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 Sunday, 12 January, 2003, 15:47 GMT
Buddhist festival begins in India
Dalia Lama
The Dalai Lama conducting the Kalchakra prayers

More than 100,000 Buddhists have gathered for the Kalchakra festival at Bodh Gaya in the northern Indian state of Bihar.

The festival was opened by the Buddhist spiritual leader, the Dalai Lama.

Buddhists believe that Buddha attained spiritual enlightenment in Bodhgaya about 2,500 years ago.

Another spiritual leader of the Buddhists - the 17th Karmapa Ugyen Trinley Dorjee - is also participating in this ceremony.

Bodhgaya temple
The place of Buddha's enlightenment
The Kalchakra rituals are divided into two stages.

The first stage consists of visualising oneself as a deity and in the second stage Buddhists try to purify themselves.

According to Buddhist belief, these prayers are held to improve wisdom and attain enlightenment.

These prayers, they believe, will also help them to slow down the process of ageing

Cross

In this year's ceremony, an official publication of the Tibetan government-in-exile has been distributed among the supporters of the Dalai Lama and pro-Tibet European activists.

Headed by the Dalai Lama, the government-in-exile operates from the town of Dharamsala in the northern Indian state of Himachal Pradesh.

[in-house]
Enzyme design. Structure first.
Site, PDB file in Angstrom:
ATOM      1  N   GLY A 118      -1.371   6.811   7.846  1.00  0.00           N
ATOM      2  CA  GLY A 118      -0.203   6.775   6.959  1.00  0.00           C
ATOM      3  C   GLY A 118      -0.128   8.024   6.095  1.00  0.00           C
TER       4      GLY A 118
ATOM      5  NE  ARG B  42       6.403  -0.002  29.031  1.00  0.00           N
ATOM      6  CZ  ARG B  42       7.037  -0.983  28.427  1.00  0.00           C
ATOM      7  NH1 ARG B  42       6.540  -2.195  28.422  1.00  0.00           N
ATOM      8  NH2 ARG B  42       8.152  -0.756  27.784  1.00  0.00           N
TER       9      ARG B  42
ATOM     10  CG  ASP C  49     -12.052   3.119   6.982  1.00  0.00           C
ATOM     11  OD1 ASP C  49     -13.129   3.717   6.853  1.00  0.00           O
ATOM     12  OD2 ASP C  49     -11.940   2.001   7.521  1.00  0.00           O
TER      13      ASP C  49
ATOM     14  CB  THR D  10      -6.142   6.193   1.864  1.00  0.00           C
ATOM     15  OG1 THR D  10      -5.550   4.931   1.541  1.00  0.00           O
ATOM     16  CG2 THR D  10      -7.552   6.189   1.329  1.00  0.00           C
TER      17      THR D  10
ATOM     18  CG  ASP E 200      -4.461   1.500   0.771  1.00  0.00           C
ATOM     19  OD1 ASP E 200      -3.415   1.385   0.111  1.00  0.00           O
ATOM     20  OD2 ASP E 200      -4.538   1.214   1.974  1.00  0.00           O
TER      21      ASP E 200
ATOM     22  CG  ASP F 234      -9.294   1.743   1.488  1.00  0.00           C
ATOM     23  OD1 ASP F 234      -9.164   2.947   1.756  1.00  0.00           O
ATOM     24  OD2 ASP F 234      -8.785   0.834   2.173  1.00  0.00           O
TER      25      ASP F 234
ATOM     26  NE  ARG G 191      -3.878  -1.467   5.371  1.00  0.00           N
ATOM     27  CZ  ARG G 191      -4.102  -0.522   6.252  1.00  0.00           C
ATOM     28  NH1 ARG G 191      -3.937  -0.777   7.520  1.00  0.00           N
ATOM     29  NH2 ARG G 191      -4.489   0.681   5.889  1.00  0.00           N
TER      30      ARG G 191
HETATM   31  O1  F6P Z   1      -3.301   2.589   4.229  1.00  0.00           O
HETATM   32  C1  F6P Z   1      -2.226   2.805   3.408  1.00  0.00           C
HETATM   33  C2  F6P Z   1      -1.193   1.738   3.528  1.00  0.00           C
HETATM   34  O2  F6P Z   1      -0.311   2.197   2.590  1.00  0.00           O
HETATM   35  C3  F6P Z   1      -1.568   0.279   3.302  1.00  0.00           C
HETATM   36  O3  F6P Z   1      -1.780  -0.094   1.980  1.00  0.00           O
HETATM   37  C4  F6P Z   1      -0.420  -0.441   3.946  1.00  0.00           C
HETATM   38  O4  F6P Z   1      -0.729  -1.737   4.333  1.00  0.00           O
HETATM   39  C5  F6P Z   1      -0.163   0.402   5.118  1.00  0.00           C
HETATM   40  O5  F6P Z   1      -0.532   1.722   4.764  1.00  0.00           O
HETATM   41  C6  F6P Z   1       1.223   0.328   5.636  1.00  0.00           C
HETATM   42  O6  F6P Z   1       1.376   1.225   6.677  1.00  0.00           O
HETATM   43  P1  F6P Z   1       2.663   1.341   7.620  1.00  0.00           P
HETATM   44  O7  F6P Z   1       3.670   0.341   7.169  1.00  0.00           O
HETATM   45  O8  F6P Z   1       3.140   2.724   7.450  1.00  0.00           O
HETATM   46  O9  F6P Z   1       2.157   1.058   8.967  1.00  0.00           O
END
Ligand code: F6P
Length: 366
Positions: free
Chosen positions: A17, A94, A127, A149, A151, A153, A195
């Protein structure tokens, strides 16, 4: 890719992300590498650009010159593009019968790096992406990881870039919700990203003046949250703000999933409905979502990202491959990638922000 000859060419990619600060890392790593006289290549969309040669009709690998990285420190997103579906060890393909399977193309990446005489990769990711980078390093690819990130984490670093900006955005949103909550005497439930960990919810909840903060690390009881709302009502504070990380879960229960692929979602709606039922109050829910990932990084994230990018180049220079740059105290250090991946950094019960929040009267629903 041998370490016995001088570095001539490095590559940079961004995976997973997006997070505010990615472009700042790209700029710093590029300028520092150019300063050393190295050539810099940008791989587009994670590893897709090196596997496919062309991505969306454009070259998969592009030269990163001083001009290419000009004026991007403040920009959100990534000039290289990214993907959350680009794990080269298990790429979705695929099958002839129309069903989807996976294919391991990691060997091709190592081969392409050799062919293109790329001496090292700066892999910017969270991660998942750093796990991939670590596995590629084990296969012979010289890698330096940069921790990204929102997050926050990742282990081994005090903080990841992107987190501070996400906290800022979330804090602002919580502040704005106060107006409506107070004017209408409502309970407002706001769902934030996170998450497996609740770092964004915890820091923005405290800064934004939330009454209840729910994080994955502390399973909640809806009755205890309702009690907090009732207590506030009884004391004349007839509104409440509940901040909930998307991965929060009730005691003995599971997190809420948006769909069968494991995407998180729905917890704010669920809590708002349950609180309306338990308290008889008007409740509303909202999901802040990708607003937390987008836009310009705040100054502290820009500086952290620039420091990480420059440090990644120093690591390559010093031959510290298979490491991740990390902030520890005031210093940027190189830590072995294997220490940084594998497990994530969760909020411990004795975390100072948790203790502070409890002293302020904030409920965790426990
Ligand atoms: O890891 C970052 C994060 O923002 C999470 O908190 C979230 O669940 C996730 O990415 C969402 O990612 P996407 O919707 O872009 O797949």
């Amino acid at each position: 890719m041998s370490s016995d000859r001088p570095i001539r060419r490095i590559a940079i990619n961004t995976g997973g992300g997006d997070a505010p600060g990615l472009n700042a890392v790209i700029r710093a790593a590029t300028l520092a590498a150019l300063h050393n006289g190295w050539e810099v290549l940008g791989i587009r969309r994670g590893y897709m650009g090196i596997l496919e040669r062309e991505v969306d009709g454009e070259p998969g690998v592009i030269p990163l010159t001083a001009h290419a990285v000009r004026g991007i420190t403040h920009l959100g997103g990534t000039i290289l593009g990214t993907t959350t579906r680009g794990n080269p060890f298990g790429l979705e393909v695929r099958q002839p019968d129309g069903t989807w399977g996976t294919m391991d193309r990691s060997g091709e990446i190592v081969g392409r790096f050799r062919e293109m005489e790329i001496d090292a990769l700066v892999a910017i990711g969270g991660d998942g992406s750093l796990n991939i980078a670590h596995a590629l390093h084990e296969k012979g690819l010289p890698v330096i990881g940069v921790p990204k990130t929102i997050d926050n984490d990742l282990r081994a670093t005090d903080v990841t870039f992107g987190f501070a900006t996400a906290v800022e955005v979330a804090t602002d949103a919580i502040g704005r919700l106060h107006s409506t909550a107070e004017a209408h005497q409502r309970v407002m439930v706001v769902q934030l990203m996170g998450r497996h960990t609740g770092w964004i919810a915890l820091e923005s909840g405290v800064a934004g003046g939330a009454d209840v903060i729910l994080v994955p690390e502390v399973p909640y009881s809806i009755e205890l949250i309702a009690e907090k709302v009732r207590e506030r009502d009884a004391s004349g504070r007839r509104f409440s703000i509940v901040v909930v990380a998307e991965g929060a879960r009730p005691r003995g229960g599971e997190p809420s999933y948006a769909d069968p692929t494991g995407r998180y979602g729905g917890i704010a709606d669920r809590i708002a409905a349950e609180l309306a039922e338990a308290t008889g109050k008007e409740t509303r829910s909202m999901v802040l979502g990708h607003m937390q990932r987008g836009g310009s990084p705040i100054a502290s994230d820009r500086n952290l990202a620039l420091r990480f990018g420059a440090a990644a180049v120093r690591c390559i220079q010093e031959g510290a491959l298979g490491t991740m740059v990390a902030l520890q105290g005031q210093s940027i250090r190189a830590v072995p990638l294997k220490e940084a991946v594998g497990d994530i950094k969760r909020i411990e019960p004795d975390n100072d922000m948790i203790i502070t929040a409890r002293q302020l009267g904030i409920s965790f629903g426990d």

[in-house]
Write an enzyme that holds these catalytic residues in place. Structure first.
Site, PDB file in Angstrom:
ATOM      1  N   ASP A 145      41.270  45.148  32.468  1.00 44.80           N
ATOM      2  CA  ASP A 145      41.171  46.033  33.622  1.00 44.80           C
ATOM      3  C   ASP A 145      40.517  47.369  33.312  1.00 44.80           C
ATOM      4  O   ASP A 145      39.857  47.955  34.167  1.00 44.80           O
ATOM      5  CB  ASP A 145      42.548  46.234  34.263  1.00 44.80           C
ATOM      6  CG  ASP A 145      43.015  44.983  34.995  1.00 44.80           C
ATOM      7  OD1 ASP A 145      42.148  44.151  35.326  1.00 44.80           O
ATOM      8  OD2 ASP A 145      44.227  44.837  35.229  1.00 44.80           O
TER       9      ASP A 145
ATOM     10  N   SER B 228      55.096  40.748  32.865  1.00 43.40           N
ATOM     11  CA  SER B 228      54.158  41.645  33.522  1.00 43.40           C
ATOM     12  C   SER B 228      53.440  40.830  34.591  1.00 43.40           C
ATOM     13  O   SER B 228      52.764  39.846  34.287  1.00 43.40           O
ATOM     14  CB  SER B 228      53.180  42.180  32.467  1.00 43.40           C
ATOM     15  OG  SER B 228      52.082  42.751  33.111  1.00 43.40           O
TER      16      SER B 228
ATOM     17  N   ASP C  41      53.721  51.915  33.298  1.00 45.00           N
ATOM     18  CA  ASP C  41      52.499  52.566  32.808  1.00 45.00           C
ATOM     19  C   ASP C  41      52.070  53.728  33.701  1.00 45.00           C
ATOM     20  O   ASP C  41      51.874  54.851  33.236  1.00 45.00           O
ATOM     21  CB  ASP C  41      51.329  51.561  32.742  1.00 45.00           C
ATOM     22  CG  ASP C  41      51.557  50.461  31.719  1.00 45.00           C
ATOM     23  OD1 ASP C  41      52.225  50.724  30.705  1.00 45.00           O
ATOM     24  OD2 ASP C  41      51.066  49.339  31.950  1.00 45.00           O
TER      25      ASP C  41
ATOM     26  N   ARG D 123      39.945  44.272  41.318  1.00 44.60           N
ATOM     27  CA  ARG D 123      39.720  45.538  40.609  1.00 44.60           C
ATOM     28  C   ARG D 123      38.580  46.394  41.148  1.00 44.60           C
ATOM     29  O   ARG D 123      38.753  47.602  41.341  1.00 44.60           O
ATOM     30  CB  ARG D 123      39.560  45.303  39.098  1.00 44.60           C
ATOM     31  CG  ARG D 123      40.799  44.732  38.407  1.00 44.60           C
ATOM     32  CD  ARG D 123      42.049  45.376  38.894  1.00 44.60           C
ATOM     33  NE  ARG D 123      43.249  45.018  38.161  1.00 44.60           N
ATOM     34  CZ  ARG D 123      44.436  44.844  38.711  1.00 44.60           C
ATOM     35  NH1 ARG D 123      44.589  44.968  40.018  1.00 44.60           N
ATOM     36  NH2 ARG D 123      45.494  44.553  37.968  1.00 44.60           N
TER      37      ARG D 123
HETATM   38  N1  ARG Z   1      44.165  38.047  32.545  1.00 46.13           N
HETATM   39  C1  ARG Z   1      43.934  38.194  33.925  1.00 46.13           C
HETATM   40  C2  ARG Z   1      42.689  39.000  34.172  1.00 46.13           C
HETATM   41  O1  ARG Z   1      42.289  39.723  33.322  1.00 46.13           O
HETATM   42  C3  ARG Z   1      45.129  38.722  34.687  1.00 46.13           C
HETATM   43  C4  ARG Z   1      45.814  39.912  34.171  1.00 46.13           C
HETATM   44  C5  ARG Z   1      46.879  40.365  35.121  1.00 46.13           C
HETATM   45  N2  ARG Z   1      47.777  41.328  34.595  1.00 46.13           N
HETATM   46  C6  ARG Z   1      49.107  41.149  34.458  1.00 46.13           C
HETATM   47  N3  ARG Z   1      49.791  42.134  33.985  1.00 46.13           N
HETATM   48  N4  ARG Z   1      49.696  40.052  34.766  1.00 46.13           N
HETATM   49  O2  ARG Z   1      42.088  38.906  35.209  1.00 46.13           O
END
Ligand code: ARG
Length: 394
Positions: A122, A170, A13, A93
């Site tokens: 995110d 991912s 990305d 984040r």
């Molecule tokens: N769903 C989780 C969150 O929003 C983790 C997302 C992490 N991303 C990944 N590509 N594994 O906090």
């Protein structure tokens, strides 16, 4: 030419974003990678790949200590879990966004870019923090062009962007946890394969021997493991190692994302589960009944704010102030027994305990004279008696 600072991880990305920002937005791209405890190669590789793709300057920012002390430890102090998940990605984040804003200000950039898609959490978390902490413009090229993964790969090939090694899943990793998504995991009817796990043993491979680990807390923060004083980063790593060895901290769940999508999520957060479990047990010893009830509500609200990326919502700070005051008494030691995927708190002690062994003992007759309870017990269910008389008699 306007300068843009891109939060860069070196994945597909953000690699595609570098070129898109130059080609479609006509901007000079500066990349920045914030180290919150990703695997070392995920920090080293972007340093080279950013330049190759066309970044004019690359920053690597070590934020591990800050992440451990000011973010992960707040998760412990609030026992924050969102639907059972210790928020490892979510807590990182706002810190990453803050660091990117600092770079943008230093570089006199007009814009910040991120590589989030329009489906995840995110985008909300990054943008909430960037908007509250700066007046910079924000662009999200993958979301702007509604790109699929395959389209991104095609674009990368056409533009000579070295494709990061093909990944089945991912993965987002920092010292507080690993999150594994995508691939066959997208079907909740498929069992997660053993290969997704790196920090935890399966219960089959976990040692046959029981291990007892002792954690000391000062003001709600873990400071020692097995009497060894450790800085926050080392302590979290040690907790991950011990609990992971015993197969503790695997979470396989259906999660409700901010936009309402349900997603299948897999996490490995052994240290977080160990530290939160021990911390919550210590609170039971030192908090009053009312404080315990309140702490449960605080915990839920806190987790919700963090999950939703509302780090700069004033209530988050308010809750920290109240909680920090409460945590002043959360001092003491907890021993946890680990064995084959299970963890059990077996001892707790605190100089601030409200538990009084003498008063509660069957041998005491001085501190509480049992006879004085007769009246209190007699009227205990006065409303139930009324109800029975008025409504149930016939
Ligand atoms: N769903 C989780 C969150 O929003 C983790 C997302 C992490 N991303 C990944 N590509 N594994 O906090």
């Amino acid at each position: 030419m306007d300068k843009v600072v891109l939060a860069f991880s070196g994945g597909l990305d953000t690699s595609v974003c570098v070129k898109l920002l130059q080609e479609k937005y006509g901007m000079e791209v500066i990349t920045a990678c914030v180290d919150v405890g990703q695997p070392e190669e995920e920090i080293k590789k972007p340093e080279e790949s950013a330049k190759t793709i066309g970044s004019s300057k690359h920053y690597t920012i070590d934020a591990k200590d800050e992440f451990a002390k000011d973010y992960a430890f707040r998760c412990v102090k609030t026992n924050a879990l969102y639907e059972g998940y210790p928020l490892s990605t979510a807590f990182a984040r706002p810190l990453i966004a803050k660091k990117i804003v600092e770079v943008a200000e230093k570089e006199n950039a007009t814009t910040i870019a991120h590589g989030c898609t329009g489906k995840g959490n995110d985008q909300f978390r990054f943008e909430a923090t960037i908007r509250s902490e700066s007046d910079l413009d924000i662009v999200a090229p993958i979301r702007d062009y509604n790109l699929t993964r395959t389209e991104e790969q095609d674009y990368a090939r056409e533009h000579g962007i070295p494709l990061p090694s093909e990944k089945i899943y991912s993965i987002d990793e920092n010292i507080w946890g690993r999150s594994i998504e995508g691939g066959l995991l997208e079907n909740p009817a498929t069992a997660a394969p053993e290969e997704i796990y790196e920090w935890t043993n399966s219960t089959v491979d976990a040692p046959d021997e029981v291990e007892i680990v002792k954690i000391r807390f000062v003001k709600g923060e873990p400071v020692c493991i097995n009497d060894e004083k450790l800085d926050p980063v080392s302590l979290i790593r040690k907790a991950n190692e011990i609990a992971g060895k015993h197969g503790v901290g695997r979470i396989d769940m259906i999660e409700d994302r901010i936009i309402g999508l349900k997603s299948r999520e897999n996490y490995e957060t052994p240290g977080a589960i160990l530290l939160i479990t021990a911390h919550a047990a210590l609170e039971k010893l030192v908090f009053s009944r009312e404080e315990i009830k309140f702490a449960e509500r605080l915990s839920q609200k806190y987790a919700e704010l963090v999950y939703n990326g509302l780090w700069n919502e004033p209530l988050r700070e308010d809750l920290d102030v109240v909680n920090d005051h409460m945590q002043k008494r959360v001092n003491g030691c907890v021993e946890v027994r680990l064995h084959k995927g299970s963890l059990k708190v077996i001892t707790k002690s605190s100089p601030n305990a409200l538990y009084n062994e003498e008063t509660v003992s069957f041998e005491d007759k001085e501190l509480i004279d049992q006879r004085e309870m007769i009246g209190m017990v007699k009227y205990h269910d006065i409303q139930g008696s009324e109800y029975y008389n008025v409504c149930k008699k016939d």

The publication accuses China of being insensitive to the Tibetans' desire for self-rule.

What I am seeking is for the Tibetan people to be given the opportunity to have genuine self-rule in order to preserve their civilisation, religion, language and way of life to grow and thrive.

The Dalai Lama

The 38-page publication quotes the Dalai Lama as saying:

"What I am seeking is for the Tibetan people to be given the opportunity to have genuine self-rule in order to preserve their civilisation, religion, language and way of life to grow and thrive."

The publication also accuses China of playing a waiting game.

It says the Chinese Government is waiting for the Dalai Lama to pass away in the hope that his Tibetan following will disintegrate with his death.

The Dalai Lama, who won the 1989 Nobel peace prize for his non-violent campaign for the rights of Tibetan people, had earlier said that he favoured bilateral talks with China on granting autonomy to the people of Tibet under the Chinese constitution.

Meanwhile, one of the Buddhist organisations in India has demanded the expulsion of the Dalai Lama and the 17th Karmapa from the country.

Known as the Buddha-Gaya Mahabodhi Vihar Action Committee, the organisation has alleged that the Dalai Lama had a plan to permit the entry of the 17th Karmapa to the Rumtek monastery in Sikkim with the hidden support of China.

See also:

23 May 01 | Asia-Pacific
23 May 01 | Asia-Pacific
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23 Jul 01 | Asia-Pacific
18 Feb 00 | South Asia
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